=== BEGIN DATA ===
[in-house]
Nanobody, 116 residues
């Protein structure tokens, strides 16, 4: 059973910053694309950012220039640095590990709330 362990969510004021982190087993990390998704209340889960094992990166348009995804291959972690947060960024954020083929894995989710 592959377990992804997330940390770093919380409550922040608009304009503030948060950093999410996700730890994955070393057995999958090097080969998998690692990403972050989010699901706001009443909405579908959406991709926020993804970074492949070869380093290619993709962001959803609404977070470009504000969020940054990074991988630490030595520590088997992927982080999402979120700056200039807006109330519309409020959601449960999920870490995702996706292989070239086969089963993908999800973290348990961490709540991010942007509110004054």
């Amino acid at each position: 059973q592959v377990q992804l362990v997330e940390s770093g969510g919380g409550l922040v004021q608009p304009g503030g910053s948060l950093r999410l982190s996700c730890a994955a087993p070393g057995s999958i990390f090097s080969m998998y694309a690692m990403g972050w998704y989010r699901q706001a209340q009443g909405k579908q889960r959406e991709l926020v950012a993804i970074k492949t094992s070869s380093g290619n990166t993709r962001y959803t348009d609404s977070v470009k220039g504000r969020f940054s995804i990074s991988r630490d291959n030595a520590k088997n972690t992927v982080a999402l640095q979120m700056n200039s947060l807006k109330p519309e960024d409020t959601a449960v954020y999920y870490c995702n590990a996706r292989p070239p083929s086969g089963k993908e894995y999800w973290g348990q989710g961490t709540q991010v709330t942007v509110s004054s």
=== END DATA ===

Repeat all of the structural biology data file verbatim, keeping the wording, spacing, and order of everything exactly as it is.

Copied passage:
[in-house]
Nanobody, 116 residues
């Protein structure tokens, strides 16, 4: 059973910053694309950012220039640095590990709330 362990969510004021982190087993990390998704209340889960094992990166348009995804291959972690947060960024954020083929894995989710 592959377990992804997330940390770093919380409550922040608009304009503030948060950093999410996700730890994955070393057995999958090097080969998998690692990403972050989010699901706001009443909405579908959406991709926020993804970074492949070869380093290619993709962001959803609404977070470009504000969020940054990074991988630490030595520590088997992927982080999402979120700056200039807006109330519309409020959601449960999920870490995702996706292989070239086969089963993908999800973290348990961490709540991010942007509110004054």
């Amino acid at each position: 059973q592959v377990q992804l362990v997330e940390s770093g969510g919380g409550l922040v004021q608009p304009g503030g910053s948060l950093r999410l982190s996700c730890a994955a087993p070393g057995s999958i990390f090097s080969m998998y694309a690692m990403g972050w998704y989010r699901q706001a209340q009443g909405k579908q889960r959406e991709l926020v950012a993804i970074k492949t094992s070869s380093g290619n990166t993709r962001y959803t348009d609404s977070v470009k220039g504000r969020f940054s995804i990074s991988r630490d291959n030595a520590k088997n972690t992927v982080a999402l640095q979120m700056n200039s947060l807006k109330p519309e960024d409020t959601a449960v954020y999920y870490c995702n590990a996706r292989p070239p083929s086969g089963k993908e894995y999800w973290g348990q989710g961490t709540q991010v709330t942007v509110s004054s």